May 2, 2016 at 8:47 pm EST | by Lou Chibbaro Jr.
FDA targets LGBT youth in anti-smoking campaign
smoking, gay news, Washington Blade

A new FDA ad campaign urges young LGBT people to avoid smoking.

The U.S. Food and Drug Administration announced on Monday that it has launched a first-of-its-kind public education campaign to discourage smoking among LGBT young adults.

The $35.7 million campaign, which the FDA says is funded entirely by user fees collected from the tobacco industry, includes one of several videos placed on social media in which actors portray LGBT people – including drag queens – dancing in gay bars while speaking out against smoking.

“We know that LGBT young adults in this country are nearly twice as likely to use tobacco as other young adults,” said attorney Mitch Zeller, who serves as director of the FDA’s Center for Tobacco Products.

“We want LGBT young adults to know that there is no safe amount of smoking,” Zeller said in a statement. “Even an occasional cigarette can have serious health implications and lead to addiction.”

In a description of the campaign on the FDA’s website and during a telephone news conference on Monday, FDA officials said the videos are among a series of paid advertising venues promoting a tobacco-free message through print and digital media as well as outdoor signs and billboards in 12 major U.S. markets.

The campaign, which the FDA dubbed “This Free Life,” intends to reach LGBT young adults “by appealing to their shared values, similar life experiences and common interest,” the FDA statement says.

The statement says that based on scientific research related to smoking, of the more than two million LGBT young adults in the U.S., more than 800,000 smoke occasionally.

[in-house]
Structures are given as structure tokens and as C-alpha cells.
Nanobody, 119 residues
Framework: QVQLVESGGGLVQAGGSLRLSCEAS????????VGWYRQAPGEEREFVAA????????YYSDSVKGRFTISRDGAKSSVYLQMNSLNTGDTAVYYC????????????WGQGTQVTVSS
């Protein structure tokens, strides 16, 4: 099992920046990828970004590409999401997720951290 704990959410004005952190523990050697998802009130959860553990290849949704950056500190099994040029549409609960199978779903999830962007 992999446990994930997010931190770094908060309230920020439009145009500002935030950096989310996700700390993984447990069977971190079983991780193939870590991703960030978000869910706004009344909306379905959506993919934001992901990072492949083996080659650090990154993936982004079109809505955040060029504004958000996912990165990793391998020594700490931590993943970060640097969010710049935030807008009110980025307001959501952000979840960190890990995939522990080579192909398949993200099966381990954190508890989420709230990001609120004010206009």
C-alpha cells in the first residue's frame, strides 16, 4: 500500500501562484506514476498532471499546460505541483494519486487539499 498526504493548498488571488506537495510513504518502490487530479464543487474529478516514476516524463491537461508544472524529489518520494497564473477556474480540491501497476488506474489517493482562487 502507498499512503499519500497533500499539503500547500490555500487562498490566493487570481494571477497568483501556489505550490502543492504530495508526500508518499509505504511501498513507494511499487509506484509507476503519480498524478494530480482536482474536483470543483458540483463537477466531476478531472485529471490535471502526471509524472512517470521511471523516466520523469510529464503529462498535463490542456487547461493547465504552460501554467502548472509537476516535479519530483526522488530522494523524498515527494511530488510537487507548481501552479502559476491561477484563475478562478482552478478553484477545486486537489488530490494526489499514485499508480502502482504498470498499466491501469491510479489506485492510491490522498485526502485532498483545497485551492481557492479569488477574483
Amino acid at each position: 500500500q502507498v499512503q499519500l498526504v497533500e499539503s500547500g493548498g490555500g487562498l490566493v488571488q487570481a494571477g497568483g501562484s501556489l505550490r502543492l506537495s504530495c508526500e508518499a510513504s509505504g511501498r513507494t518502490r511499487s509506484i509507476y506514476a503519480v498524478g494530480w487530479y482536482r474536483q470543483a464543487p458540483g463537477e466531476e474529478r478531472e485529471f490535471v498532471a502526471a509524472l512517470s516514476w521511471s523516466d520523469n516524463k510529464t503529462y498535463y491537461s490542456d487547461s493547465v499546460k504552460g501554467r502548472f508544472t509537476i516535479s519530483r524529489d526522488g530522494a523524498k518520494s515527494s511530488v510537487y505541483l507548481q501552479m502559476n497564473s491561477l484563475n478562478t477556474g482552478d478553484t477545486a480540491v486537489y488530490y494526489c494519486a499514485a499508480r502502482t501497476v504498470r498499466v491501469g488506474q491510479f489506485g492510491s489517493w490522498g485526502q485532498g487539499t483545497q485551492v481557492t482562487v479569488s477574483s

“The ‘This Free Life’ campaign is designed specifically to reach the occasional or ‘social’ smokers in the LGBT community to help prevent tobacco-related disease and the loss of tens of thousands of LGBT lives to tobacco each year,” the statement says.

Richard Wolitski, acting director of the Department of Health and Human Services’ Office of HIV/AIDS and Infectious Disease Policy, said during the teleconference on Monday that officials decided to target LGBT young adults between the ages of 18 and 24 because research shows that age range to be the period in which most LGBT people “come out” to themselves and others close to them. In response to a question, he acknowledged that most people who smoke started doing so at the age of 16 and sometimes younger.

Wolitski said other recently launched FDA anti-smoking campaigns that target all youth in the U.S. would likely reach LGBT youth under the age of 18, including many who don’t identify as LGBT.

“The ‘coming out’ process is a unique tobacco-use risk factor for LGBT young adults due to the actual or perceived social stigma, discrimination and anxiety experienced during this process,” the FDA statement says. “And data show that the ‘coming out’ process faced by most LGBT young adults can lead to tobacco use and negative health consequences,” it says.

FDA officials were scheduled to hold a presentation on the LGBT anti-smoking campaign for D.C.-area stakeholders, including representatives of LGBT organizations, between 10-11:30 a.m. Tuesday, May 3, at the AFI Silver Theater at 8633 Colesville Rd., in Silver Spring, Md.

David Mariner, executive director of the D.C. LGBT Community Center, and Sultan Shakir, director of the LGBT youth advocacy group SMYAL, said their respective organizations would help to facilitate the FDA’s anti-smoking campaign. Mariner said the D.C. Center has a long-established seven-week Freedom from Smoking class, which is offered at the Center’s offices at 2000 U St., N.W.

Lou Chibbaro Jr. has reported on the LGBT civil rights movement and the LGBT community for more than 30 years, beginning as a freelance writer and later as a staff reporter and currently as Senior News Reporter for the Washington Blade. He has chronicled LGBT-related developments as they have touched on a wide range of social, religious, and governmental institutions, including the White House, Congress, the U.S. Supreme Court, the military, local and national law enforcement agencies and the Catholic Church. Chibbaro has reported on LGBT issues and LGBT participation in local and national elections since 1976. He has covered the AIDS epidemic since it first surfaced in the early 1980s. Follow Lou

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